As of Tuesday morning theRoyals are tied for ninth in the American League when it comes to doubles (40). They’re also tied for 10th in slugging percentage (.383) and tied for last in home runs (21).
So much of the time the Royals have to string at least three good things together in a single inning to score a run; a walk and two singles might do the trick. Or a walk, a sac bunt and a single, or three singles, a single, a stolen base and a single, or … well, you get the point.
The old baseball formula for scoring a run: “get ’em on, get ’em over, get ’em in” very much applies to the Kansas City Royals, especially early in the season. But right now the Royals are not consistent at the plate and are having a hard time stringing three good things together — the line isn’t moving.
The Royals have been shut out in three of the last four games and during that stretch it’s been rare for them to have more than one base runner an inning.
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So the Royals aren’t getting that many chances to drive in a run and when they do have the chance, some of them are trying to do too much. When a hitter tries to do too much he usually tries to catch the ball out in front and pull it into the short part of park. Get that ball elevated and bingo; you got a home run.
Lately, when the Royals have a runner in scoring position they’ve been striking out or pulling the ball and those two are related. To pull the ball you have to swing sooner and if you swing sooner you’re more apt to get fooled.
Contrast that with maybe the most well-known example of the Royals keeping the line moving:
In Game 4 of the 2015 Division Series against the Houston Astros, the Royals came into the eighth inning down 6-2 and facing elimination. There was no reason for anyone to over-swing and try to hit a bomb, because they were down by four and needed base runners.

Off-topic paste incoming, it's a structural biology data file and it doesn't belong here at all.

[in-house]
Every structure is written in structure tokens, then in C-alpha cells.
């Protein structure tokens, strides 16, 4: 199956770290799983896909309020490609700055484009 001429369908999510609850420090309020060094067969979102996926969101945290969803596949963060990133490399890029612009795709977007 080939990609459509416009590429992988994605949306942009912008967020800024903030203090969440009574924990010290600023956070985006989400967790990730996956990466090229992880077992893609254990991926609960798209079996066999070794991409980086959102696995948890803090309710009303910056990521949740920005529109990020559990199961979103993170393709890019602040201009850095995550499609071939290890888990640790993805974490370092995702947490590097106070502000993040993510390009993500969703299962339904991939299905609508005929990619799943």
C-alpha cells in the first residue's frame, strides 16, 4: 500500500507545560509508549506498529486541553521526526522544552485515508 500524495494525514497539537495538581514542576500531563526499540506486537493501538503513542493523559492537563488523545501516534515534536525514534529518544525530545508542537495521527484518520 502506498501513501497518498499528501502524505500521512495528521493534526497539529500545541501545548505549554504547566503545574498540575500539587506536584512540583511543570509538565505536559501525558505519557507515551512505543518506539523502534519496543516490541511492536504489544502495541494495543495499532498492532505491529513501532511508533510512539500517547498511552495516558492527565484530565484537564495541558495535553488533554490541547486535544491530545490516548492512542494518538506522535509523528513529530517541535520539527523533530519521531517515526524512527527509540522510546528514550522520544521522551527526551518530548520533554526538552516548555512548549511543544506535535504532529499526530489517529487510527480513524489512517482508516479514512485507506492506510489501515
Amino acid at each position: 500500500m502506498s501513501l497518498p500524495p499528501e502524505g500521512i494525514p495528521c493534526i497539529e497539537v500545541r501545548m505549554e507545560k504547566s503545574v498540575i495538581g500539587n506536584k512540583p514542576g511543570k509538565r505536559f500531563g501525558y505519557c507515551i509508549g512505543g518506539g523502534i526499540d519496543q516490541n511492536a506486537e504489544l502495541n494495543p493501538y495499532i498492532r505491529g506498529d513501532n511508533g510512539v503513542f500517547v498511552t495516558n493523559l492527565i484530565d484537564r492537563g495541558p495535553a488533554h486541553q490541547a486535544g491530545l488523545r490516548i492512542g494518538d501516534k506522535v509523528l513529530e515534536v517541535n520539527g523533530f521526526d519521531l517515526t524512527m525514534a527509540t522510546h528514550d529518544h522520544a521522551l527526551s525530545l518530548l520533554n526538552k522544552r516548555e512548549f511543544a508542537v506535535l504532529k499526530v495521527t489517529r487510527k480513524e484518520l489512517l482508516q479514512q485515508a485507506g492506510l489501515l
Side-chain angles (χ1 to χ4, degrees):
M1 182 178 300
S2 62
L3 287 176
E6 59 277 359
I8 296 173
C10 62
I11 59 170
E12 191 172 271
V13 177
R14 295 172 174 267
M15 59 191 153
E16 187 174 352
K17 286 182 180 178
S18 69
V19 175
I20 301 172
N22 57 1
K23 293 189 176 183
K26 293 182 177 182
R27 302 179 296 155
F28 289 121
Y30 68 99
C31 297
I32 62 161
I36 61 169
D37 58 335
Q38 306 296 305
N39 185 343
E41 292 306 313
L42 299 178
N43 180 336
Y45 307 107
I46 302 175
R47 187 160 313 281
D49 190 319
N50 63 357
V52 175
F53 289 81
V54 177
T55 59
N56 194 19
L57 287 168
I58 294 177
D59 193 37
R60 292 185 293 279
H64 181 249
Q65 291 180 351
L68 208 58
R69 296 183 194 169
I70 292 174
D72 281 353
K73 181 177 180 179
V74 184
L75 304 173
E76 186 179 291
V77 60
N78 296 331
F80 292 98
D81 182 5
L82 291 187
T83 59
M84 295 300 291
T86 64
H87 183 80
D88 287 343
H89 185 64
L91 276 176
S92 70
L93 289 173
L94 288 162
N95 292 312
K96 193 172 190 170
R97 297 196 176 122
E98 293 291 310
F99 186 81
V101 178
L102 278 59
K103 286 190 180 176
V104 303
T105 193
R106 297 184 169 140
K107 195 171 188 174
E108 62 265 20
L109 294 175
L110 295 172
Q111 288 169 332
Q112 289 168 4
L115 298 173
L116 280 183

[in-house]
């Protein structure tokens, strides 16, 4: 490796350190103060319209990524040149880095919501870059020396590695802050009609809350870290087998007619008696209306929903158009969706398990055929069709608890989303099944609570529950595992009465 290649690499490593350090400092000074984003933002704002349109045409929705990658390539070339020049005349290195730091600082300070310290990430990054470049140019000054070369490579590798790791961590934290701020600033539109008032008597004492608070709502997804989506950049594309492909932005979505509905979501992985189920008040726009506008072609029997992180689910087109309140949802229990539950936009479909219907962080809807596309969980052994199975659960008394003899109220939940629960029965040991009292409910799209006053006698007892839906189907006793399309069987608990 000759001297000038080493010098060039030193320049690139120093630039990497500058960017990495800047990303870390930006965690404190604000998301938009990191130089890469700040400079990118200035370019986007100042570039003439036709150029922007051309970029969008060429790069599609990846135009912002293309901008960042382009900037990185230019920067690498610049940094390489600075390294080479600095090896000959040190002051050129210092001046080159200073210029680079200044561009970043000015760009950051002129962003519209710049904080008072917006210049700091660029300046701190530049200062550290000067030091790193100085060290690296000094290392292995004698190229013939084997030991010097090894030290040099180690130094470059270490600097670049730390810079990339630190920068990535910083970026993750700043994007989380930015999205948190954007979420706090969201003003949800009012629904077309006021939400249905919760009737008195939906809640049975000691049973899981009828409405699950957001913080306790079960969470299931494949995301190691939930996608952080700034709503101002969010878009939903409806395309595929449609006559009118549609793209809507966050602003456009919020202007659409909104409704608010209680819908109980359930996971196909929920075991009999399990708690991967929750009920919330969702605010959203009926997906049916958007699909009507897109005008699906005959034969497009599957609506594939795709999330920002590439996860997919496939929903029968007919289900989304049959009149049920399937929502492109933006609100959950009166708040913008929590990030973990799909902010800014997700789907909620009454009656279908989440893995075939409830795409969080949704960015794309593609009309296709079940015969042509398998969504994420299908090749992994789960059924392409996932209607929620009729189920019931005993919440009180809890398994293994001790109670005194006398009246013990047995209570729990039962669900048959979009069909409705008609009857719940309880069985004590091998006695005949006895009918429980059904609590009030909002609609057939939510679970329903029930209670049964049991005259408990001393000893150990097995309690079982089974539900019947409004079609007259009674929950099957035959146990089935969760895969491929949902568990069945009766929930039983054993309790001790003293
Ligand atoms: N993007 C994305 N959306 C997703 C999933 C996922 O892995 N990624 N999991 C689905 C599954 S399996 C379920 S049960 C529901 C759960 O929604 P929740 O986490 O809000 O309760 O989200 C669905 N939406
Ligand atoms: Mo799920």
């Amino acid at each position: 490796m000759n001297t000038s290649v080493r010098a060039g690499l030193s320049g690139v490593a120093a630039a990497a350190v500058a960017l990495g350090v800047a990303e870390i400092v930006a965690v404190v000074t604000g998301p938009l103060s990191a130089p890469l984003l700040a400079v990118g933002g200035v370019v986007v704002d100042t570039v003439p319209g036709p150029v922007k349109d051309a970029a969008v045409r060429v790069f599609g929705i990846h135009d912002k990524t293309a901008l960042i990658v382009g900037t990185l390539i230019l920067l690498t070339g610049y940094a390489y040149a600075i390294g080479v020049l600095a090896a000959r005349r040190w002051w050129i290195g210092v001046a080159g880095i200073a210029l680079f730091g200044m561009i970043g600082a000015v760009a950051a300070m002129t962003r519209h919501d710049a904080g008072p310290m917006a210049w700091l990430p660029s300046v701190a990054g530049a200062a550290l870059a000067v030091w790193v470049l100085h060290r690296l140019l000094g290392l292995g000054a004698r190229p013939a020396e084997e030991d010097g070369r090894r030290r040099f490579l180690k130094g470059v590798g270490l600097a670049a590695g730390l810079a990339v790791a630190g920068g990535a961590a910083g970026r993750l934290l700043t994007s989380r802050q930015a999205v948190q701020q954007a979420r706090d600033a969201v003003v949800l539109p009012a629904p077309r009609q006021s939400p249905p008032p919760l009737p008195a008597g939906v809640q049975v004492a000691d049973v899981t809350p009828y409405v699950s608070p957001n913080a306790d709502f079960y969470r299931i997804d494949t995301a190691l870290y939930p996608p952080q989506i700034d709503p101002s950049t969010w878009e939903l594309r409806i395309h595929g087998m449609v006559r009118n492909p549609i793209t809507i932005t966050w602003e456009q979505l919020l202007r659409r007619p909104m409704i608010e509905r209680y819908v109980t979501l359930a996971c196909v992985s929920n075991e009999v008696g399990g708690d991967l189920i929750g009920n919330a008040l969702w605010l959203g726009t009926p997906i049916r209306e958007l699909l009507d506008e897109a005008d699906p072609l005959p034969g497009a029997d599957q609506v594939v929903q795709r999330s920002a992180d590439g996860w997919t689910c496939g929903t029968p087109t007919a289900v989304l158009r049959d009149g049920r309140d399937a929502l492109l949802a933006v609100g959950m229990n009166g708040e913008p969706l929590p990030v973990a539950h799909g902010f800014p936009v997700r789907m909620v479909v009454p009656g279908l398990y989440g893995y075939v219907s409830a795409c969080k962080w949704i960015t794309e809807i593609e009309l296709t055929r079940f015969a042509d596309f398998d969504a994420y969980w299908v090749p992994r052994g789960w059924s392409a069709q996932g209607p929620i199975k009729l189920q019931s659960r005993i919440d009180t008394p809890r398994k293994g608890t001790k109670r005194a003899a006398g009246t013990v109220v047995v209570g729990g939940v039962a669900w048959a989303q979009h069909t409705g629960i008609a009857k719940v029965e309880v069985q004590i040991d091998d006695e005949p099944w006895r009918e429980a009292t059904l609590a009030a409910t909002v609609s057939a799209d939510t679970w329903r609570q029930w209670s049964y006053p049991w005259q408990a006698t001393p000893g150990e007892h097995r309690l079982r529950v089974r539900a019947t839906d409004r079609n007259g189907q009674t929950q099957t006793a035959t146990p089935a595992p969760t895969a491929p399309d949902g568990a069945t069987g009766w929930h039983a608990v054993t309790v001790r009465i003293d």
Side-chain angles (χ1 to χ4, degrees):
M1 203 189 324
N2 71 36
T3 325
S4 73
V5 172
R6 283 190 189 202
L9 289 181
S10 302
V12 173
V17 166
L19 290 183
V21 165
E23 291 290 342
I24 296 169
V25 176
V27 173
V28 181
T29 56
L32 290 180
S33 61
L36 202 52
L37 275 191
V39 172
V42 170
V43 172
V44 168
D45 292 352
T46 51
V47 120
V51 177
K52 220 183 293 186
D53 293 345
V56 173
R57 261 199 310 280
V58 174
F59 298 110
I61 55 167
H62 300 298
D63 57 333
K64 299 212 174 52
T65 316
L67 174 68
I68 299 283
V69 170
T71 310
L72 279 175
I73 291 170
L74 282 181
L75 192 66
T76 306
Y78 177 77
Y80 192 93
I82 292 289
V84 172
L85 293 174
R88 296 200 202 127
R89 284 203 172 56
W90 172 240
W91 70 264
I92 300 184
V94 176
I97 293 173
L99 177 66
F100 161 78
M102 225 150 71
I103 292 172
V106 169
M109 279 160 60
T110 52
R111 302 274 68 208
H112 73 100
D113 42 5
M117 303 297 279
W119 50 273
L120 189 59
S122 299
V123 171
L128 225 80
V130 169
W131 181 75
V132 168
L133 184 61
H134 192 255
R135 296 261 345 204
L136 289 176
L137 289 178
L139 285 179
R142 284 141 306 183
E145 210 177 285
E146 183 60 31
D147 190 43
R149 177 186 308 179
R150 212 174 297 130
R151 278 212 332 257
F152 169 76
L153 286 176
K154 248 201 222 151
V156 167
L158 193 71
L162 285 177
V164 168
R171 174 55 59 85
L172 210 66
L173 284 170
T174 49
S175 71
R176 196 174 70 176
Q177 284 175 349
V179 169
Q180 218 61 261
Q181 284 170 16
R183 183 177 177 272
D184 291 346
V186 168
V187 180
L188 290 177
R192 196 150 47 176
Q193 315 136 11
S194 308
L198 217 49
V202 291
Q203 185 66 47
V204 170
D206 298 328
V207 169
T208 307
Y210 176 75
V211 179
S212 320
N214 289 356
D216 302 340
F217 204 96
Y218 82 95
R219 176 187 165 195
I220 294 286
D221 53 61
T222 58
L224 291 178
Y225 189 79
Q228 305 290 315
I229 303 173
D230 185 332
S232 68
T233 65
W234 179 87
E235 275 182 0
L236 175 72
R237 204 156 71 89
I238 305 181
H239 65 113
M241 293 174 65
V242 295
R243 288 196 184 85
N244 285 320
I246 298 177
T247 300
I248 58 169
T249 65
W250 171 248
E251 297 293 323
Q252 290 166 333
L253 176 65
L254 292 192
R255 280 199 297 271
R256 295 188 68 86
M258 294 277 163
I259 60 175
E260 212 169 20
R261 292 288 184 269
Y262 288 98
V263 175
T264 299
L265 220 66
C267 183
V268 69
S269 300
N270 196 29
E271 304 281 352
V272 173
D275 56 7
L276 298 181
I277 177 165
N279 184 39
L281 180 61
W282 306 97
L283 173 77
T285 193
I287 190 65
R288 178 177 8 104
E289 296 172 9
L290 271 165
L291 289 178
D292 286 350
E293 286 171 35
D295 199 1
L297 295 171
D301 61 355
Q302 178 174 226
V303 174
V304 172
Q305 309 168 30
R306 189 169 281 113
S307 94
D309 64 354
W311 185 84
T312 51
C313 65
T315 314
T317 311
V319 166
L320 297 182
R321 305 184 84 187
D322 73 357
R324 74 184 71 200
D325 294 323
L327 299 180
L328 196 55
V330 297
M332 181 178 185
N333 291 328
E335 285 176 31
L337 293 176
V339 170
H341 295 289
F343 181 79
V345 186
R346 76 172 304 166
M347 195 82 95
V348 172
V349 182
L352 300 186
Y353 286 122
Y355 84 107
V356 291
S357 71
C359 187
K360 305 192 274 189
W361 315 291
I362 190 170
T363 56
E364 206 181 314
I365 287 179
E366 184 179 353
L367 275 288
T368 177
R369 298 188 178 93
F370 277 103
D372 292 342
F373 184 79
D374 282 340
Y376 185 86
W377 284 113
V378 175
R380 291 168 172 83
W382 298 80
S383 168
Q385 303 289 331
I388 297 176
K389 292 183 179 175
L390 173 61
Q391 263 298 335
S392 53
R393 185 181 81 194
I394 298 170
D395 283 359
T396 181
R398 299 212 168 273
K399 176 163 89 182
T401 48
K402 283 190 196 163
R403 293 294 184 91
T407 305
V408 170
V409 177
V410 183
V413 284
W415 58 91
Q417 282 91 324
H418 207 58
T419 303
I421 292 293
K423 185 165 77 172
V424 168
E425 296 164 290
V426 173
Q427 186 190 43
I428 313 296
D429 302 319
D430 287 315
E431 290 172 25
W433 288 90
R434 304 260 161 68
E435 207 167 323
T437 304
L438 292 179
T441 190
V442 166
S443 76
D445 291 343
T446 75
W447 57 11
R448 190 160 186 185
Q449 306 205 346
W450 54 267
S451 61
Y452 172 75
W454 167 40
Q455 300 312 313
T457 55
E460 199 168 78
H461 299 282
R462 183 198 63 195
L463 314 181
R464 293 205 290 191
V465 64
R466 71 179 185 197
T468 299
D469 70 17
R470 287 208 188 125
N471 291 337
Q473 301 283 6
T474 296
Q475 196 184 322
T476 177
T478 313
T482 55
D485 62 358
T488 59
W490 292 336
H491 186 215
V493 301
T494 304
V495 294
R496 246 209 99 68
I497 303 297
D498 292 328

The Royals opened the inning with a pulled single to left field and then three straight singles to center; nobody was trying to do too much. Eric Hosmer pulled a single to right, but Kendrys Morales got right back to a high-percentage approach and hit the ball back up the middle; it was a hard-hit ball that got by Carlos Correa to keep the rally going.
Mike Moustakas struck out, but then Drew Butera had a very long plate appearance and walked. The four pitches Butera walked on were all sliders and you don’t lay off sliders if you’re trying to hit the ball out in front and do damage. Butera took a high-percentage approach and it worked. That set up Alex Gordon’s at-bat; he pulled the ball to second base for an out, but the Royals took the lead and the rest is history.
Now here’s the point (assuming I can still remember what it was).
When things go badly people tend to panic; they want to fire the manager or the hitting coach — they want to change horses in the middle of the stream. But most of the time you don’t need a new horse, you just need better execution. (And by mixing metaphors I may have just advocated shooting Seabiscuit).
You probably don’t need a new game plan; you just need to do a better job of executing the game plan you have.
Lorenzo Cain had admitted he’s a better hitter when he goes up the middle and the other way and this year’s numbers bear him out. When Cain puts a ball in play to left he’s hit .250, to center it’s .344 and to right it’s .350. (And bear in mind that a lot of Cain’s strikeouts probably come when he’s in pull mode.)
Same thing with Morales; he’s not hitting much when he goes to the opposite field as a left hander, but the Royals DH still hits better when he goes up the middle and the other way.
And the same thing is true of the Royals as a team: They hit for a higher average when the hit the ball up the middle or to the opposite field.
On Monday afternoon, Rusty Kuntz and I sat shivering in the Royals dugout and Rusty said the ball just doesn’t carrying in that kind of cold, damp weather. And if you saw Morales crush a ball and have it die on the warning track, you know Rusty was right.
So forget trying to pull the ball and do damage until the weather warms up; for now, hit the ball back up the middle or to the opposite field. If you accidentally catch a pitch out in front, great; but for now, keep the line moving.